I wandered around the high street of Totnes, visited the river where the start would be and gathered my bearings. On my way back up, I stopped at the King William VI pub for lunch and when I walked into the pub I was greeted by the friendly and welcoming staff, which made me feel at home. I am not one for going out and eating or having a coffee on my lonesome so this was a big thing for me but a good step forward in my adventures. After lunch I continued back to my car so I could go and find the new Red Paddle Co HQ to register, before retiring for the rest of the day at my B&B and binge watching Vampire Diaries on Netflix.

The dogs made themselves at home
6am on the Sunday and I am wide awake with a mixture of nerves, excitement and wanting a parking space before they were are all gone. The race was not starting for another 5 hours but that didn't stop me!  So without delay I showered, packed and headed out the door to get set up for the packed fun filled day ahead. I met up with my friends, we were teaming up to help with logistics and after a morning cup of team over a camp stove, we transfered their kit, boards and the dogs to my car so the van could be taken down to the finish line.

The morning was spent pumping up the boards, chatting and trying to decide what I was going to wear every time the sun went behind a cloud, you can see the post about what I packed here. The time for the briefing and race crept up on us quickly. Around 11:30 we had changed and collected all our stuff, so we were ready after the briefing to come back and get straight onto the water.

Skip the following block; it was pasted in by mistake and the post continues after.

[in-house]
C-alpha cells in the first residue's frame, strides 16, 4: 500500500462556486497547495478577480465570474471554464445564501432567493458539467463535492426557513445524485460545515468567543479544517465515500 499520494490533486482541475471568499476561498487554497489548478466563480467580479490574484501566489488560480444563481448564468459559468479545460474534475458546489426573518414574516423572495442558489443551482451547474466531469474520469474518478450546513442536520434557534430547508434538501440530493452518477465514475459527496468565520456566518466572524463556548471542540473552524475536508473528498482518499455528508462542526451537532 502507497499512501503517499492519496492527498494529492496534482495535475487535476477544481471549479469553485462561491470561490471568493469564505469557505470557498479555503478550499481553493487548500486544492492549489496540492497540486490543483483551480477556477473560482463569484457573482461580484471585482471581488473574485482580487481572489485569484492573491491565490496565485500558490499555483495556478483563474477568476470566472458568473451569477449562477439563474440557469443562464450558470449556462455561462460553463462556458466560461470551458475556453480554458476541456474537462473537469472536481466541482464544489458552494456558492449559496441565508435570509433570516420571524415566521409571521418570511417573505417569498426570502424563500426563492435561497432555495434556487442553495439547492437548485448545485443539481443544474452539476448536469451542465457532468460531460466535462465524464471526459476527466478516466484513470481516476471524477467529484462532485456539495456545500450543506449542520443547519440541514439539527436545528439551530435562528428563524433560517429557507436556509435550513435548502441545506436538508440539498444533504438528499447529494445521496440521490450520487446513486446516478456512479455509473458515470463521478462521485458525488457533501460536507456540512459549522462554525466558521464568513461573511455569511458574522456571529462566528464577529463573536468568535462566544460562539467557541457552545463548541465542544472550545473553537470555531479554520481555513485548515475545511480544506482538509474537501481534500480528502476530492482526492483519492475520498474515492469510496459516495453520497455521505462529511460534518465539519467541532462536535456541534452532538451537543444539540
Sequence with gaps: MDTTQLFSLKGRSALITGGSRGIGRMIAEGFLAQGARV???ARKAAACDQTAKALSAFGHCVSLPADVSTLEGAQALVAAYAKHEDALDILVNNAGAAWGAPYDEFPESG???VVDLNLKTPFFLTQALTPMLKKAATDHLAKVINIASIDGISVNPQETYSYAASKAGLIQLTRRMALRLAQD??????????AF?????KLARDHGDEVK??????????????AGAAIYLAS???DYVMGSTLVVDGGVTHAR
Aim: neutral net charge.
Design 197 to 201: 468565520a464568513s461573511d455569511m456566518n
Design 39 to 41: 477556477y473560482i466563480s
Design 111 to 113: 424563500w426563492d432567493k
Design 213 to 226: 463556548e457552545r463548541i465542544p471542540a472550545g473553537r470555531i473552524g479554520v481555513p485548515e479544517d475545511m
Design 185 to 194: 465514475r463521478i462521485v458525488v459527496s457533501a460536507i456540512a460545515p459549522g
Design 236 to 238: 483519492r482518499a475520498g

The race started promptly at 12:30 with the 14ft Male class going off first, followed by the 14ft Female, 12ft Male and Female and then finally the leisure class. As I hit the water I was unstable to start with so went to find a quiet bit of water before attempting to stand up, just before I did I turned the GoPro on. I was a little wobbly to start but soon found my way. With minutes to go before the start I set my watch ready to capture the paddle and began to make my way to the start line. On the start I was surrounded by 99 other paddlers which was getting me a little nervous. Before the event I was all for going for it and pushing to be in the top half but when I was there in the moment I decided to back of slightly. I knew I had a long way to go and just wanted to finish the race. I feel that if I had done some training before hand then I might have been in a better position to push for the front, but in my current state then I thought it best to hang back and enjoy it!